Daisy Hill’s Coat of Many Colours

June is the month when Daisy Hill dons its coat of many colours and becomes the star of the show. At this time of year the meadows come into their own and the air is filled with a riot of life and sound.

It starts with the eerily silent fly past of a barn owl in the quiet of the early morning followed by the increasing cacophony of bird song and tseeping of chicks calling for food; the buzzing and whirring of bees as they flit between jewel-hued flowers gorging on nectar; the miniature chainsaw-buzzing of a recently emerged Broad-bodied chaser curiously checking out the human interloper at its green, watery domain – the edges studded with the brightest purple of Northern marsh orchids; and the Exmoor ponies expanding their glossy, brown bellies on the succulent, fresh, new grass.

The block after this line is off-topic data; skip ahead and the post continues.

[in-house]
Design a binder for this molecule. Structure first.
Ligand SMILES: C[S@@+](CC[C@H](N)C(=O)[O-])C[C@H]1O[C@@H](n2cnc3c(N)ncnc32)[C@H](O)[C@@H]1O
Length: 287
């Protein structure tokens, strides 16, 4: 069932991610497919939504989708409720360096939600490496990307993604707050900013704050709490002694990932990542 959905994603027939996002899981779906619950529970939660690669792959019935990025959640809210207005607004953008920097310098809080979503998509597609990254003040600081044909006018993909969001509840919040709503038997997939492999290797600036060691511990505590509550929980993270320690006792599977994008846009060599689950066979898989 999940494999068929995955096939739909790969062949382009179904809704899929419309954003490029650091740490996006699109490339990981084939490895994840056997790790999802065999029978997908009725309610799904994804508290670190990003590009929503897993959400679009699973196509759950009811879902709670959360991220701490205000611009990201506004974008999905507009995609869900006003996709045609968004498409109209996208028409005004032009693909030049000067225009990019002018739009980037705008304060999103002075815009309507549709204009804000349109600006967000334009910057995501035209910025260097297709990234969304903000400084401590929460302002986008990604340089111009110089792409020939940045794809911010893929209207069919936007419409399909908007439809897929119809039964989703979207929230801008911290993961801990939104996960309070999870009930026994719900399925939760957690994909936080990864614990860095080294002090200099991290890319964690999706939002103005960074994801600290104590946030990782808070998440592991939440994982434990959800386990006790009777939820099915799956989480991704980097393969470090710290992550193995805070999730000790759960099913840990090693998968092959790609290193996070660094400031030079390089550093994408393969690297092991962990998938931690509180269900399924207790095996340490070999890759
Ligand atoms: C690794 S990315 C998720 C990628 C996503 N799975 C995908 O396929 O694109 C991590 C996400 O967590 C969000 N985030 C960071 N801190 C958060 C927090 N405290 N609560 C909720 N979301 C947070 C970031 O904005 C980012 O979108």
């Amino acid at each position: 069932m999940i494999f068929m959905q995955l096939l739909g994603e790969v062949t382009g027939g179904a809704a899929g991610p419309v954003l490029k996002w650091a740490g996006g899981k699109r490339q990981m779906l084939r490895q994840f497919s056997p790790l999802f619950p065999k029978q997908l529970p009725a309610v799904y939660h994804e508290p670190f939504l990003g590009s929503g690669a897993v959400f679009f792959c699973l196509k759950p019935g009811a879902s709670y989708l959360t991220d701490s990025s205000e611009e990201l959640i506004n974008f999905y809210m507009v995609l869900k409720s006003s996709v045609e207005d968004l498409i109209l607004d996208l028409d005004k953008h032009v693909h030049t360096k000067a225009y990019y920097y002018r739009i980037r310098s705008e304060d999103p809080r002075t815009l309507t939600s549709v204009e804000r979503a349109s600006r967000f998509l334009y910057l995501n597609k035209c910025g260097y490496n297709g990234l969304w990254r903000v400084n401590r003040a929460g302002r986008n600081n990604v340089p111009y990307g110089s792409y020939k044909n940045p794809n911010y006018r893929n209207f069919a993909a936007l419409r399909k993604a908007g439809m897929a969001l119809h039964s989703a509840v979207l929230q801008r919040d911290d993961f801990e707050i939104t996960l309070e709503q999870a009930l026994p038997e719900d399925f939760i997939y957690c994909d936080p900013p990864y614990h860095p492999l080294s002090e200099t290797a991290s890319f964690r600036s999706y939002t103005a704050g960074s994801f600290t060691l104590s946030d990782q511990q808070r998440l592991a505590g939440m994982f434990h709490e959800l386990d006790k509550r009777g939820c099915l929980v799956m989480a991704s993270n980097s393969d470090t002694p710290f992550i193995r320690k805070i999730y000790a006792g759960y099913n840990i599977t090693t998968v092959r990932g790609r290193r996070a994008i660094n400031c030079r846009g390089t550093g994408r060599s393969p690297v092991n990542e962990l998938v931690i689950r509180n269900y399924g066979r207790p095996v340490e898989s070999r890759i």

Interwoven with the grasses are the pink threads of ragged robin, the startlingly yellow, shiny buttercups and the paler-hued yellow rattle. While buried within are hundreds of caterpillars of the Burnet moth fattening up on the red clover in preparation for the moment when they will transform into a flurry of scarlet and black wings.

As I write this, June has morphed into March as the heavens drench everything with torrents of water and temperatures have plummeted. But the sun will soon return, and the exuberant, industrious life of the meadow will resume with increased energy replenished by the much-needed rain.

By Vivien Kent

Daisy Hill Wildflower Meadow
Broad-bodied Chaser